Customer's (technological) expectations

In the first part of the article, we first mentioned about the assumptions and basic rules of selling to F2000 and then learned the related processes. Below you will find the possible demands during the sale of your product to an enterprise.

Single Sign On (SSO) and LDAP (centralized authentication): The customer may demand authentication from a single protocol when using your software. To give an example from Countly experience, we all aware that many of our customers who use the product have created hundreds of accounts by tens of different teams in the company. It's quite difficult to create them manually and manage all their passwords without LDAP, so if your product has such a feature, you can have a great hedge on your rivals.

Audit logs: These are centralized logs that keep records of employees' software related activities. Every F2000 company desires to control the logins, log-outs, and software activities, and to restore the recorded activity if needed. Suspicious activities, and past actions needed to be investigated in detail should be recorded in these audit logs. In addition, all internally-used software must keep audit logs for large companies or institutions to obtain ISO-27002 certificate.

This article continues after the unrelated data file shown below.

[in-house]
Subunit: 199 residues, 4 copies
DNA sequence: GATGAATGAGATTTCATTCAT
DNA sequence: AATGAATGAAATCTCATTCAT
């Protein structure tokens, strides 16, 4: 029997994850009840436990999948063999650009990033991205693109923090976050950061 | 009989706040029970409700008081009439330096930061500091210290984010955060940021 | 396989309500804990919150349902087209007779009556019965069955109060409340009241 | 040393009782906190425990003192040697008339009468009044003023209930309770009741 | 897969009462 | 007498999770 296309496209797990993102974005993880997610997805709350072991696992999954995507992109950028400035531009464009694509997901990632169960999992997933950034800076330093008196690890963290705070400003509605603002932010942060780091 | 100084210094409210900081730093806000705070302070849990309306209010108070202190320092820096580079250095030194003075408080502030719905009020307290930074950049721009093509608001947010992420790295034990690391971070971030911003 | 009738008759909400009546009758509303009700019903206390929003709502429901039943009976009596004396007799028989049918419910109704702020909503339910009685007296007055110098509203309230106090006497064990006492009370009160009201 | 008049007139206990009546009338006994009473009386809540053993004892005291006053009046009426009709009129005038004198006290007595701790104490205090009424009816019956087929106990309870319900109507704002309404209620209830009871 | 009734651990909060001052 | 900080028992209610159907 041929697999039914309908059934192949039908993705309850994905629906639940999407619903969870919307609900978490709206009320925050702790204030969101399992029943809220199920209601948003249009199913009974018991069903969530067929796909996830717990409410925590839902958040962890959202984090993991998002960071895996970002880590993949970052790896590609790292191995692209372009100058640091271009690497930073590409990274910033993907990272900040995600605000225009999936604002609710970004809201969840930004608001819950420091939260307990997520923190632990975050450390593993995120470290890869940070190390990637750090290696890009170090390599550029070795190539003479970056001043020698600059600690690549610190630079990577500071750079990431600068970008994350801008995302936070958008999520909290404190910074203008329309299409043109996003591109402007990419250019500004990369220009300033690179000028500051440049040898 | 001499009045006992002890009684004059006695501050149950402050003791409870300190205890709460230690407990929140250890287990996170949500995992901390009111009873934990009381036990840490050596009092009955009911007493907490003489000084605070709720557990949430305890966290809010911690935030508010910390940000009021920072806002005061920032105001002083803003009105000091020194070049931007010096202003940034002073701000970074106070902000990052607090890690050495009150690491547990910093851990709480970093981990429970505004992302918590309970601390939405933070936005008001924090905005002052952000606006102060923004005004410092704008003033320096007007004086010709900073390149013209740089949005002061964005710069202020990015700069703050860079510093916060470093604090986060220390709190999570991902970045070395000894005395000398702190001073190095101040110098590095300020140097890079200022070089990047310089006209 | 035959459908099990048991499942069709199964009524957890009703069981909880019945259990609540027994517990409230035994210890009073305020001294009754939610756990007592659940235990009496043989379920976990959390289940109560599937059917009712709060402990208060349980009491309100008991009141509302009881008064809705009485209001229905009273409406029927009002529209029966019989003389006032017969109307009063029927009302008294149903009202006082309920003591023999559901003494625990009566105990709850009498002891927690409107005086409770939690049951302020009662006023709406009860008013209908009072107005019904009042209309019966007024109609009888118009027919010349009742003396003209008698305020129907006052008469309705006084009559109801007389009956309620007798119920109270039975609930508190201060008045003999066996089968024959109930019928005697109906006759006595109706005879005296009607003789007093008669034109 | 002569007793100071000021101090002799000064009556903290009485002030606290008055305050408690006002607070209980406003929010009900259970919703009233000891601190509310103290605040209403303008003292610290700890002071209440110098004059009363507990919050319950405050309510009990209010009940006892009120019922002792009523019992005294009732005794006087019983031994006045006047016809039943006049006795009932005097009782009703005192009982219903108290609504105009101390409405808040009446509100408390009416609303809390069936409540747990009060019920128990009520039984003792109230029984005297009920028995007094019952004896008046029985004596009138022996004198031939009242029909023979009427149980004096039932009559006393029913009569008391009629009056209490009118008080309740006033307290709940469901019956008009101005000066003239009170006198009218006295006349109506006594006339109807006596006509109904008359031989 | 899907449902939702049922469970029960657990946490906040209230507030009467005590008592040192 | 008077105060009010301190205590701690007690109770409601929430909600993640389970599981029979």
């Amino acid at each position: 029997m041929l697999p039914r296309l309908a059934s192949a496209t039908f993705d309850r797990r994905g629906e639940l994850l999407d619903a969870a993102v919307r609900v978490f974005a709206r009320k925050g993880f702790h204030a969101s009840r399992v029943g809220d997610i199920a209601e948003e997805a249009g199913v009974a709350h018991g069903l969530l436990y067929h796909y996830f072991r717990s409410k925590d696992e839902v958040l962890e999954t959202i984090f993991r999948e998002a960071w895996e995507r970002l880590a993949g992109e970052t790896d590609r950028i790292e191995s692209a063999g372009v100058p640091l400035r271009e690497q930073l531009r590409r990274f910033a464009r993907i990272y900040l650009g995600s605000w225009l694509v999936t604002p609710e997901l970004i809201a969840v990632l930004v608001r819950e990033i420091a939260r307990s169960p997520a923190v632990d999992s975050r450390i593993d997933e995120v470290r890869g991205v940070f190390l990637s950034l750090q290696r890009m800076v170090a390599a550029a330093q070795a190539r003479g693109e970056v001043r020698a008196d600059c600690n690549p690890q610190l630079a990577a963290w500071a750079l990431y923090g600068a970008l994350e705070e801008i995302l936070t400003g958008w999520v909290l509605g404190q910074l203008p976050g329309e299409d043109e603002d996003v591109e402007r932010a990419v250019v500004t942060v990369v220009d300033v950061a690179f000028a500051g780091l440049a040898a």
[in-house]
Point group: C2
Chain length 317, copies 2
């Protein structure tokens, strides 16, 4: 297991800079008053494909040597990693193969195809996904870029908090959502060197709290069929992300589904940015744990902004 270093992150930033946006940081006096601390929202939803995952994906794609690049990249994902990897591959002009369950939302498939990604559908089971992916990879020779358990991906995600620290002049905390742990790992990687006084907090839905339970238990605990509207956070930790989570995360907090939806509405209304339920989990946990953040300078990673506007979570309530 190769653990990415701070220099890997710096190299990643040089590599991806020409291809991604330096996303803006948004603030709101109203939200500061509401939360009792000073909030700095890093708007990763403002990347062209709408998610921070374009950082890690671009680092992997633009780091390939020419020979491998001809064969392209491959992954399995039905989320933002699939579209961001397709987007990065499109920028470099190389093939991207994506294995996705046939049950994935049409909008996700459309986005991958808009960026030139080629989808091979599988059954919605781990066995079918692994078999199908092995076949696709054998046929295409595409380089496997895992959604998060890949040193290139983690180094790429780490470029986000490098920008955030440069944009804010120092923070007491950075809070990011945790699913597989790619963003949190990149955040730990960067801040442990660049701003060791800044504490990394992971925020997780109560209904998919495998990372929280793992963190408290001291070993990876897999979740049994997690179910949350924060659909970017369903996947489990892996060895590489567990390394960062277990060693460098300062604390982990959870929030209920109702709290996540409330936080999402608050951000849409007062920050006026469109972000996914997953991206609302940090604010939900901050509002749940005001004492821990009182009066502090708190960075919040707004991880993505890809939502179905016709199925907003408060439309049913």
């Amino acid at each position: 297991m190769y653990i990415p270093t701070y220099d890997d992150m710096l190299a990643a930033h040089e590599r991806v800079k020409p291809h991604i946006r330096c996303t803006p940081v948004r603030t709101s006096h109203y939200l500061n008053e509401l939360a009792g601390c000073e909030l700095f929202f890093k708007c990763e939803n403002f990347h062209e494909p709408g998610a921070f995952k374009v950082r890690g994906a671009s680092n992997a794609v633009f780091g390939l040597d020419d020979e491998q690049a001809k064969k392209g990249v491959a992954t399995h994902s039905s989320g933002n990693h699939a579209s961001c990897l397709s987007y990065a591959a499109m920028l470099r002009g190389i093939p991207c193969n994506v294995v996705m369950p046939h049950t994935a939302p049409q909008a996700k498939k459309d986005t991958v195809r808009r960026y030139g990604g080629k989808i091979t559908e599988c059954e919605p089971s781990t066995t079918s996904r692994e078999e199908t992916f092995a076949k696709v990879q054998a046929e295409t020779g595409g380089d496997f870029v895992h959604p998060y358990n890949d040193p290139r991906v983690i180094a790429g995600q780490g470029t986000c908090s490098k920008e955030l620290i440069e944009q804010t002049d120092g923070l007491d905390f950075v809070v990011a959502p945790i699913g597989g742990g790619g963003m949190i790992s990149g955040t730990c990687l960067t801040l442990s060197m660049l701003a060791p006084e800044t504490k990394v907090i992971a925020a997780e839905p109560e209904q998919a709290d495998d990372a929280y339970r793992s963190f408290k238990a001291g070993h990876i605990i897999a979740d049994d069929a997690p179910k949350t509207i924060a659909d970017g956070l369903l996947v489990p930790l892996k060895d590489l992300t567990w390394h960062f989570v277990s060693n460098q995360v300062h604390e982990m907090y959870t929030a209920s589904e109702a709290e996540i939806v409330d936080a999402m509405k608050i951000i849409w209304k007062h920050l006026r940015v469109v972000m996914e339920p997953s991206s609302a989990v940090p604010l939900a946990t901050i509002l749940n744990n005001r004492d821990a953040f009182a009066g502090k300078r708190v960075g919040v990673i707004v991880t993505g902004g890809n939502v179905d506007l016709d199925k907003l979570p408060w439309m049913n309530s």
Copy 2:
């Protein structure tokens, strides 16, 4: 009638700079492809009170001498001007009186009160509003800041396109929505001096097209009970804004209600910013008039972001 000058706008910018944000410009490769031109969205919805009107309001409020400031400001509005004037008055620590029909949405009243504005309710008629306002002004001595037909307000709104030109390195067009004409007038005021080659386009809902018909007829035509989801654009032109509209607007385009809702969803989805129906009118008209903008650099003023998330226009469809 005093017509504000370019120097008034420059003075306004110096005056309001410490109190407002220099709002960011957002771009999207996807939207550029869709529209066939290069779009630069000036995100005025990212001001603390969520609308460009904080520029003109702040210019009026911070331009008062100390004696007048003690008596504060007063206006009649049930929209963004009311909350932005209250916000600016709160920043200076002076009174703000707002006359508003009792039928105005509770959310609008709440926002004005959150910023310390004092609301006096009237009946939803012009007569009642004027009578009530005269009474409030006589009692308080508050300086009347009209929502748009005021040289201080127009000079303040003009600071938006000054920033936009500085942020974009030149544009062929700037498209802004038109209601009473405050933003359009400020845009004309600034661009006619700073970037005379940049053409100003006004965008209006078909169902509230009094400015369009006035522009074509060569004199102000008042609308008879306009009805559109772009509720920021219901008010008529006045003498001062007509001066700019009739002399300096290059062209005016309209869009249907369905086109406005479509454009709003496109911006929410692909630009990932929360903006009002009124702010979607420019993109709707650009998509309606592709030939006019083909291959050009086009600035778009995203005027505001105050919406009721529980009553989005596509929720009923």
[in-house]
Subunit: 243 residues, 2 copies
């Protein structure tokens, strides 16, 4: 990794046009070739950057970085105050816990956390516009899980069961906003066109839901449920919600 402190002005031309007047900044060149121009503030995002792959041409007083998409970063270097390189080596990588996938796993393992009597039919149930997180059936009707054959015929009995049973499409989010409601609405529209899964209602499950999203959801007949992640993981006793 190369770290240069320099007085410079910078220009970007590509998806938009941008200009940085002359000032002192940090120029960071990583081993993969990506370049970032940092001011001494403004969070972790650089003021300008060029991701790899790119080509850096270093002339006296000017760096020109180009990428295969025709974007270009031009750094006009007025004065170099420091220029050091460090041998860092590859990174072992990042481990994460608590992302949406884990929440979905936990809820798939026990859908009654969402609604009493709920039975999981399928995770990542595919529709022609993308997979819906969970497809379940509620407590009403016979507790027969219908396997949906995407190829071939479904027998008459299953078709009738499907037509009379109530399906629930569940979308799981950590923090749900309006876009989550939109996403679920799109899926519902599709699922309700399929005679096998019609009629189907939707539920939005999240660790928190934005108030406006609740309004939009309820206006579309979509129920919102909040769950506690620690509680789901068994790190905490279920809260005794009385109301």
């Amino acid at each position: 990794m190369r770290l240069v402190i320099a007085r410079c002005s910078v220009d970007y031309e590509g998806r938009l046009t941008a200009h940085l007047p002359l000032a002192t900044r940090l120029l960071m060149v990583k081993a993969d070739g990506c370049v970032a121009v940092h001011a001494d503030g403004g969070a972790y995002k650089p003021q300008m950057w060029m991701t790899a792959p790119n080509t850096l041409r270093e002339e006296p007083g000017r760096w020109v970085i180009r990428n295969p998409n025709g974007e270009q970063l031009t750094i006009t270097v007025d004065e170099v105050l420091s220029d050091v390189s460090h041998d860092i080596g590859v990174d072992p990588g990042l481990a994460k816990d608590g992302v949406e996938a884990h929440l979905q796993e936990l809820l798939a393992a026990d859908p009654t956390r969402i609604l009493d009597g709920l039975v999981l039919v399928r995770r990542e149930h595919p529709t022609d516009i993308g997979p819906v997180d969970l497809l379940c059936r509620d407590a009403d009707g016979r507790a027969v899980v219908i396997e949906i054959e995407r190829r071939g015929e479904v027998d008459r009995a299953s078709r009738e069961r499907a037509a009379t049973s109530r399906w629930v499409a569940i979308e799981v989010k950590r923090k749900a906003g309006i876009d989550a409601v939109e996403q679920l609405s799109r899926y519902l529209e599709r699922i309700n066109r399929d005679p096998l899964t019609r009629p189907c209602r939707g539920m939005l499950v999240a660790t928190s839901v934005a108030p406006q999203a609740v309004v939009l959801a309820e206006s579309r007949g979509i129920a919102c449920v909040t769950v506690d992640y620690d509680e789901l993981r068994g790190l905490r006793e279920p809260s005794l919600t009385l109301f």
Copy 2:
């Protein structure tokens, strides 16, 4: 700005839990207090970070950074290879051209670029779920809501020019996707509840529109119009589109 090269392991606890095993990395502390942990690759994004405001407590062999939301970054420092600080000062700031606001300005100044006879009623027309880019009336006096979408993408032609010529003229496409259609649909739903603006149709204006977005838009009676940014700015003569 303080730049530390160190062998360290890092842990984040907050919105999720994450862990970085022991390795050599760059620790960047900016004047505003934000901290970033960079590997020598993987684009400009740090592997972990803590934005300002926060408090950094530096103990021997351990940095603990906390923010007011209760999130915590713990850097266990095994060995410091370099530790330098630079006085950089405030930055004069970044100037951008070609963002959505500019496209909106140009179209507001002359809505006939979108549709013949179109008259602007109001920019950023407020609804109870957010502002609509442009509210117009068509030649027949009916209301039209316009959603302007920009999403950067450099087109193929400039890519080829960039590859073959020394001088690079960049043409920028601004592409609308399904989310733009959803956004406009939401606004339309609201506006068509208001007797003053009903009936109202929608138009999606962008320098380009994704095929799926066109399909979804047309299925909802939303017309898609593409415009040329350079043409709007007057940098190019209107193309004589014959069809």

Role-based access control is simply the availability of the infrastructure to allow employees using the software to access only the points they need to access. The minimum requirement is to identify users with different levels of access. A more advanced requirement would be to group these users and develop mechanisms to restrict access authorizations in detail.

Security: You should have a detailed "Security in My Company" PDF manual describing how to manage password, what encryption methods are used in storing data, how to comply with GDPR, authentication and security clearances, etc. For example, you can take a look at the security page of OpsGenie, which was recently purchased by Atlassian.